We have conducted the aforementioned robustness checks entailing the use of dichotomous outcome variables and probit models for estimating the same specifications in Table 1 and Table 2. Our estimations of all specifications with country fixed effects were also part of this robustness check. Indifferent of the methods used, the results remain essentially the same as what was presented and analysed above. Meanwhile, we present the more analytically minded approach of the hierarchical model, rather than the cultural fixed effects approach, due to the considerable criticism that the use of fixed effects can face (see [36]). Tables of the additional estimations are available upon request from the authors.

5.3.5. Aggregate Level Analysis

Using the data available from the Cultural and Creative Cities Monitor of the European Commission, we next explore the implications of the presence of the micro trade-off between geographies of flowers and geographies of flower power on an aggregate level. Initially, an exploratory glimpse at the available proxy and their descriptive statistics and basic associations is presented below.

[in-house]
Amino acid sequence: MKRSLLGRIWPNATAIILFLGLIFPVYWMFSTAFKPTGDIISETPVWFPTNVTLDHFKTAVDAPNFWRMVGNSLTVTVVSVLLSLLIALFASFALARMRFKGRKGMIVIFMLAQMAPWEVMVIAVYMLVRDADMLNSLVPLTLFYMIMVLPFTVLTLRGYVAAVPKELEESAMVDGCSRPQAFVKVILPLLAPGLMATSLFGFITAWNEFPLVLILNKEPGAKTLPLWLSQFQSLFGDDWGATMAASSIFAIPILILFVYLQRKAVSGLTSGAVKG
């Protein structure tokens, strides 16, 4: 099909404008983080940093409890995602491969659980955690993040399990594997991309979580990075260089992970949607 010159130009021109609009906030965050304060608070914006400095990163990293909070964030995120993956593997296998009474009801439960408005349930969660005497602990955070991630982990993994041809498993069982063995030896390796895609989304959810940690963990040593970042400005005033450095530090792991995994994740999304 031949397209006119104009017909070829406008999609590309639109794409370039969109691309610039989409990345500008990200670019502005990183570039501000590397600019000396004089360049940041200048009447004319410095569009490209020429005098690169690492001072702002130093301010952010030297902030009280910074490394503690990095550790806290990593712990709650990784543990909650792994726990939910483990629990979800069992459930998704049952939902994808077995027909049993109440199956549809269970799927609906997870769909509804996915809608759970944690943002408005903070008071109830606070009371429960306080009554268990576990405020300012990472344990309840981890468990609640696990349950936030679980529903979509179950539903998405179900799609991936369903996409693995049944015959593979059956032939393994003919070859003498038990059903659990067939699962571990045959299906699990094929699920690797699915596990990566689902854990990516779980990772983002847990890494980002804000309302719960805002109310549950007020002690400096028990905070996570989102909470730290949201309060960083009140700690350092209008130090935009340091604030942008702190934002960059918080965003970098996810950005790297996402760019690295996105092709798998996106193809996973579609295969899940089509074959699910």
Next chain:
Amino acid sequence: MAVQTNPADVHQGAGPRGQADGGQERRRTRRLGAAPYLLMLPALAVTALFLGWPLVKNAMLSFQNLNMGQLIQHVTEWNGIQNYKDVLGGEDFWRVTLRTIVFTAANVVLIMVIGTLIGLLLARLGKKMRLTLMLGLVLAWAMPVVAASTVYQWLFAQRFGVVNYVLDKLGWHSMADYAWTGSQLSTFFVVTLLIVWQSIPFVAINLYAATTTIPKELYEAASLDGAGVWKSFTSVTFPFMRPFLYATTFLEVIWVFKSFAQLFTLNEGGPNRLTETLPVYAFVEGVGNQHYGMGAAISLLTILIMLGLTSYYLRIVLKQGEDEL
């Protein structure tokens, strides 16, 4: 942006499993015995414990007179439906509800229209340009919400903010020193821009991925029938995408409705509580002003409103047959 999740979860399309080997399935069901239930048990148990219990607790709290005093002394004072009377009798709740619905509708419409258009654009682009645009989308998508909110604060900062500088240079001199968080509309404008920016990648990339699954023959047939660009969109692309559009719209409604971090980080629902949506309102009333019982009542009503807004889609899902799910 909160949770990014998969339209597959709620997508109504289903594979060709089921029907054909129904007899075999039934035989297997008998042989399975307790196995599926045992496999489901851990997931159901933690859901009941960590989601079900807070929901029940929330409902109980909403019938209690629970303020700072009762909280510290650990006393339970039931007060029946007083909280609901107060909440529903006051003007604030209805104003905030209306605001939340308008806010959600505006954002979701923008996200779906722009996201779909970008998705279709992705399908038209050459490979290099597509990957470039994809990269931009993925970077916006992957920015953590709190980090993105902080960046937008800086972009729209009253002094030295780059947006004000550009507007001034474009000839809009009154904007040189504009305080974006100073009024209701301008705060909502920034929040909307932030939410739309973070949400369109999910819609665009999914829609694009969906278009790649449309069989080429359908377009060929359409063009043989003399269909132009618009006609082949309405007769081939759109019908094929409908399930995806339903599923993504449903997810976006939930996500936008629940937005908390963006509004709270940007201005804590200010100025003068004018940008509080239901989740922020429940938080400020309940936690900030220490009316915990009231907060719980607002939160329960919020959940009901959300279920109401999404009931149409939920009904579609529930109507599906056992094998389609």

As seen from Figure 3, the geographies of flowers seem to have the highest association with political behaviour-related satisfaction with the institutions in the locality. This is especially true for cultural participation. The cultural venues seem to bear a lesser association with political behaviour, as do green areas. Ultimately, there seems to be an interesting reverse relationship between satisfaction with local institutions and pollution, which is likely to be associated with the ecological Kuznets curve hypothesis. Namely, under increasing economic growth, initially high pollution levels are entailed. Therefore, we consider it plausible that we find people’s appreciation of the local government more strongly associated with economic growth in spite of the growing pollution, as suggested in the related literature.